Japanese manga originated as entertainment for children, and eventually developed into entertainment for youth. It has expanded to include such a wide array of diverse genres that it is now enjoyed by adults, young and old. One of the reasons why Japanese manga has been so successful is because it uniquely describes human emotions. Many of the greatest Japanese manga works explore why we love, why we hate, or why we betray those that are close to us. They investigate fundamental and universal human themes. It is Aurora’s mission to introduce the highest quality Japanese manga titles to the wider population of North America, and develop the manga market here for a more mature audience. In order to provide North American readers with the best titles in a variety of genres, Aurora Publishing, Inc. has organized a consortium with several other manga publishers in Japan. Aurora Publishing, Inc. believes that manga will find its own place, a huge one, in the capitol (and capital) of worldwide entertainment.


  1. Any indication on their distrubution? My first assumption is that they’ll be using Diamond, but with so many other folks getting involved in distributing manga, I probably shouldn’t assume that…

  2. As a gallery artist, I paint nudes all the time, but I still can’t see why there have to be boobs on the cover. Anywhere I’d read it, people would think I was looking at a porn book. If I saw it on the shelf, I’d think it was porn. I don’t see how “Non-nerd grown women” are going to go for that. Some hard-core manga fans might get it, but no one else.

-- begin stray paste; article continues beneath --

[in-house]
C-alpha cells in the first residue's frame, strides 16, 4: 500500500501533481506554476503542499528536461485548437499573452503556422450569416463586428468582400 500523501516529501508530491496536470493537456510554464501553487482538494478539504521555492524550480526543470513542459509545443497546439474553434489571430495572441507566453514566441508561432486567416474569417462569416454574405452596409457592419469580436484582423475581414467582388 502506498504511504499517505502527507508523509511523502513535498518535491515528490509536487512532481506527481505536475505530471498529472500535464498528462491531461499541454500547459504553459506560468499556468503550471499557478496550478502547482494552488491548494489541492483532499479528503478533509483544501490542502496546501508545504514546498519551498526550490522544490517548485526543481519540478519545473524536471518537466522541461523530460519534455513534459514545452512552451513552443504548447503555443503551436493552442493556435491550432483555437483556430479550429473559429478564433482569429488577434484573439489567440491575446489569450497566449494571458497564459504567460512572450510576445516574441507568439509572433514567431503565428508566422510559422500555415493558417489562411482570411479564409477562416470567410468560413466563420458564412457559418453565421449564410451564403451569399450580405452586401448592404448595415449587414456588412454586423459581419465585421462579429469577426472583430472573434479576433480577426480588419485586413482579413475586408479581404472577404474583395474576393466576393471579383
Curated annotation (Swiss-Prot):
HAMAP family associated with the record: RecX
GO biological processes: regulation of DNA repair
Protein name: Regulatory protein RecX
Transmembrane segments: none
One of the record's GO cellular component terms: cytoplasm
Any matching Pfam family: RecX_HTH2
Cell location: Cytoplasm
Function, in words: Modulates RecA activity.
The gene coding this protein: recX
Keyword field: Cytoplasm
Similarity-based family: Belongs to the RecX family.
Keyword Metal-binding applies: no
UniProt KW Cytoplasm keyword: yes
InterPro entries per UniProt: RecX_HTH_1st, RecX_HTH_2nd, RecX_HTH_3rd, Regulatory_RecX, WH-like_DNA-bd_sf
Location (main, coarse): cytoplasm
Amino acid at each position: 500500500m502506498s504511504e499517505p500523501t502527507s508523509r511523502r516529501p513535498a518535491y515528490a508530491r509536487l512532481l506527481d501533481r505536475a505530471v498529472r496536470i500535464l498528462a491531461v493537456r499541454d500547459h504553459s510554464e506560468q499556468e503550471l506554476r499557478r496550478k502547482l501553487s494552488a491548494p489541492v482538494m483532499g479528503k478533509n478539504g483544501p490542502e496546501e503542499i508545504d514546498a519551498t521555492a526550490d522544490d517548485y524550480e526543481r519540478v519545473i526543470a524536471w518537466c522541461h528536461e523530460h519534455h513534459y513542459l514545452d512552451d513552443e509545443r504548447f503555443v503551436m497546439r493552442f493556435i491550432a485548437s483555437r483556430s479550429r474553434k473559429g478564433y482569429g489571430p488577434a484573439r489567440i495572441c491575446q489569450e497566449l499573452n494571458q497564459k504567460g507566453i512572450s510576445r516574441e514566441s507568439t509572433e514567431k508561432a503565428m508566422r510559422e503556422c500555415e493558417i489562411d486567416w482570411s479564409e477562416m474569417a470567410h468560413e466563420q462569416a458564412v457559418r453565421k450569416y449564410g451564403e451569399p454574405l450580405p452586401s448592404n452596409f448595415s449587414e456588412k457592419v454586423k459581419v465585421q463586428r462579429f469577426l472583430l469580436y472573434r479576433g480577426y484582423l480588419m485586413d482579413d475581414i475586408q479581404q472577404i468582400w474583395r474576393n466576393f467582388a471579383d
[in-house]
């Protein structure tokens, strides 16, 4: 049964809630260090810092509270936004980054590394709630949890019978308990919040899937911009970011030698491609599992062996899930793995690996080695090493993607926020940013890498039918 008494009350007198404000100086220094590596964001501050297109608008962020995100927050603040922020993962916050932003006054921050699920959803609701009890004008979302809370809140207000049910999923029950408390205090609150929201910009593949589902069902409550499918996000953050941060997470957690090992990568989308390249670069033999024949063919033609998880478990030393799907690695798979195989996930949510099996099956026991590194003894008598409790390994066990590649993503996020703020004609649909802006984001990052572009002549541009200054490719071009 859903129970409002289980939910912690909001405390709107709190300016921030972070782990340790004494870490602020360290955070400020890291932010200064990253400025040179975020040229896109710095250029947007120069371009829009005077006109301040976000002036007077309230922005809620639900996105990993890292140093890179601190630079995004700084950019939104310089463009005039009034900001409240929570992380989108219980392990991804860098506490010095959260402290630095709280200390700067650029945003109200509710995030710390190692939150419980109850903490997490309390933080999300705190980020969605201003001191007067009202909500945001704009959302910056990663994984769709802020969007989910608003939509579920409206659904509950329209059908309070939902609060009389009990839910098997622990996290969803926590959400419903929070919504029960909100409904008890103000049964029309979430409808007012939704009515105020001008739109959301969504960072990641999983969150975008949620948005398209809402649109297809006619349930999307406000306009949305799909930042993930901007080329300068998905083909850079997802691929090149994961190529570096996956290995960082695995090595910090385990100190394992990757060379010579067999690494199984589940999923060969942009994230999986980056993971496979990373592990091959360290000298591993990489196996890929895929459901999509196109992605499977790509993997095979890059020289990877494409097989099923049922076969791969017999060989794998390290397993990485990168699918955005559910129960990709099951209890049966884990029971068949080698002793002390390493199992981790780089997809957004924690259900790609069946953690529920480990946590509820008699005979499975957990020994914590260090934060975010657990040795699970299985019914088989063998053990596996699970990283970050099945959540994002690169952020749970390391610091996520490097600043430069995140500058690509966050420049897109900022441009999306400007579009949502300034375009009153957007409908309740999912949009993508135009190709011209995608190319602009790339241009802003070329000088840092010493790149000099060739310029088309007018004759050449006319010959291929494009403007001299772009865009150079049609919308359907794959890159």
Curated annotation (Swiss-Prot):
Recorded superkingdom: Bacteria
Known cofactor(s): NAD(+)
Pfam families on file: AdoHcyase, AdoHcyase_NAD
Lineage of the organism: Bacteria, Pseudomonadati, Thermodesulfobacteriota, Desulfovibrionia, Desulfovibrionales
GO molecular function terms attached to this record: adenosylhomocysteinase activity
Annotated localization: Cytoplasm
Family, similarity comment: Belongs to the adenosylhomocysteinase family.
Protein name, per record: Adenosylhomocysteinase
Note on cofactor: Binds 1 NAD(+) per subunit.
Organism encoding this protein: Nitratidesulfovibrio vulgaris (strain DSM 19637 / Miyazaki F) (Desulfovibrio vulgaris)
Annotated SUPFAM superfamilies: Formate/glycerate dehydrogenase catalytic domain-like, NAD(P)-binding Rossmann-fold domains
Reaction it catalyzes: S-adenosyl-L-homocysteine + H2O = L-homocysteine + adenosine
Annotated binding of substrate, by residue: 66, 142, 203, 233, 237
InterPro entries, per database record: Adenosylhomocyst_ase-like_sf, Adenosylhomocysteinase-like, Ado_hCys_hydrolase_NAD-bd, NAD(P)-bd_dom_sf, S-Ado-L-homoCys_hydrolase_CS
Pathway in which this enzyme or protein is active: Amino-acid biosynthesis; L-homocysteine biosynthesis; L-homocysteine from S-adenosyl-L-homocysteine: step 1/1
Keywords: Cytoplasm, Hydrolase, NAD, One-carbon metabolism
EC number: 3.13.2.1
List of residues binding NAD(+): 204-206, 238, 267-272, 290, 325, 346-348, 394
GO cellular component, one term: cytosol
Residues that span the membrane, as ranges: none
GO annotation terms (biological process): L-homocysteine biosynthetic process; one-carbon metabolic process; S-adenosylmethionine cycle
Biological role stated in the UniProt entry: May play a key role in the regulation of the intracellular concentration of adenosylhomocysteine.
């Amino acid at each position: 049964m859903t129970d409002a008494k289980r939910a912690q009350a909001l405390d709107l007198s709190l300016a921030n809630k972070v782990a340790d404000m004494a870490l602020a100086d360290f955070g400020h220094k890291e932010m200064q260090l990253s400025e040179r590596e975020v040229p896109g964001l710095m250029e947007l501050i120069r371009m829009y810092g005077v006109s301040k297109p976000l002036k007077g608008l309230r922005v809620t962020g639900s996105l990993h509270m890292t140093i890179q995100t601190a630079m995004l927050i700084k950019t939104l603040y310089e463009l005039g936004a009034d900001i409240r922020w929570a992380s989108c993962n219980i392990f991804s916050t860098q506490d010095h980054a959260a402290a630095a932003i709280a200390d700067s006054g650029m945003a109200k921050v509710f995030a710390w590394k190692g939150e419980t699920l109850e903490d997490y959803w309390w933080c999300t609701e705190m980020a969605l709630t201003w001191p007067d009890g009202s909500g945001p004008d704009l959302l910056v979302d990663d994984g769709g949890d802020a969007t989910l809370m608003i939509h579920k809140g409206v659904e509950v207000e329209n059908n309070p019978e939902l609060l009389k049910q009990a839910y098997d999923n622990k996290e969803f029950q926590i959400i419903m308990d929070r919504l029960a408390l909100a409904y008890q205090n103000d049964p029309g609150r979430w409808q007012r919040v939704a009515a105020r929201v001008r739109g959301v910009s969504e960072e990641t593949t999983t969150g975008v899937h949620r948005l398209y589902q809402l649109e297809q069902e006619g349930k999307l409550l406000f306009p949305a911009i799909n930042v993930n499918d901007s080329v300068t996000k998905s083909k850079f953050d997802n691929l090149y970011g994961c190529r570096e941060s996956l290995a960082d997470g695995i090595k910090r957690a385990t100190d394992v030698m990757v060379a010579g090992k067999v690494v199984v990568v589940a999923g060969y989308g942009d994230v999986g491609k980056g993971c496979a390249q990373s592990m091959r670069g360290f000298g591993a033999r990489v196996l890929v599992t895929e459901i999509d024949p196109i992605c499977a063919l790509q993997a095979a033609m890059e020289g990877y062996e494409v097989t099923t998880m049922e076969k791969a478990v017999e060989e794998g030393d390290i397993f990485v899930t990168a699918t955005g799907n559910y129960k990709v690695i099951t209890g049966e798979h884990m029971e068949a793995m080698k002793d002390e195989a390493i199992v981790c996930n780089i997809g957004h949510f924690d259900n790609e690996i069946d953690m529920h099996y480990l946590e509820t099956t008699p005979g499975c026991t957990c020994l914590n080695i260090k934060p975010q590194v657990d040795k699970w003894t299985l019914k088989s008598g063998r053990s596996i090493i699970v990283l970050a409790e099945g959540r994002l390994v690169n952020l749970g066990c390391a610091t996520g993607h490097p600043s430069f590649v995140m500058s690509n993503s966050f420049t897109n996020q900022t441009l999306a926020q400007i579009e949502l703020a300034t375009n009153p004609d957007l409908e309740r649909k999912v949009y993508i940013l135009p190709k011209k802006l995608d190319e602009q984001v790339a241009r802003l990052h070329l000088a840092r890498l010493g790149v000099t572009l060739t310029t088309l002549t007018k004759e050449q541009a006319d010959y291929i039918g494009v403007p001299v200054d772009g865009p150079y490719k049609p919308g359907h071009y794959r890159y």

3. It is interesting that Josei hasn’t really made it over here …yet. David is working on “Executrices Women”, a Sex and the City, Ally Mc Beal, Desperate Housewives type josei manga for Humanoids Associes in France to be published in Shogun Magazine…it seems to be doing quite well. Some people have been asking about an English version of this book…not young girls but women here in the US. They are not typical manga or comic book readers…a doctor, an insurance executive, and women who run their own businesses…those are just a few of the women who have been asking us about this series.

    You can see a sampling here:


  4. Yeay! Josei! And actually, one of TP’s josei titles has been doing pretty well: “Tramps Like Us” may not be Naruto in sales, but it started out small and has apparently been gaining quite well in numbers . . . understandably as TP’s audience has gotten older as well. And it’s consistent, which is something a lot of people seem to overlook when it comes to sales. Also, Nana is also more of a josei than a shoujo story and that’s been doing wonderfully.

    IMHO, you probably won’t see any josei titles topping the charts at the moment, but I wouldn’t be surprised that as the girls who got into manga as teens continue to get older, there will certainly be more interest. Those thirteen and fourteen year olds who started with the boom in 2001 are hitting their twenties now. :) Heck, it happened to me. I wouldn’t have given josei a second glance when I was younger since I was into teen fantasy series like “Magic Knights Rayearth” and “Sailor Moon”, but now that I can relate to the character’s experiences, I gobble up what josei I can find, and I would read more if there were more out there! Nana and Tramps Like Us are pretty much the only series I buy on a regular basis anymore.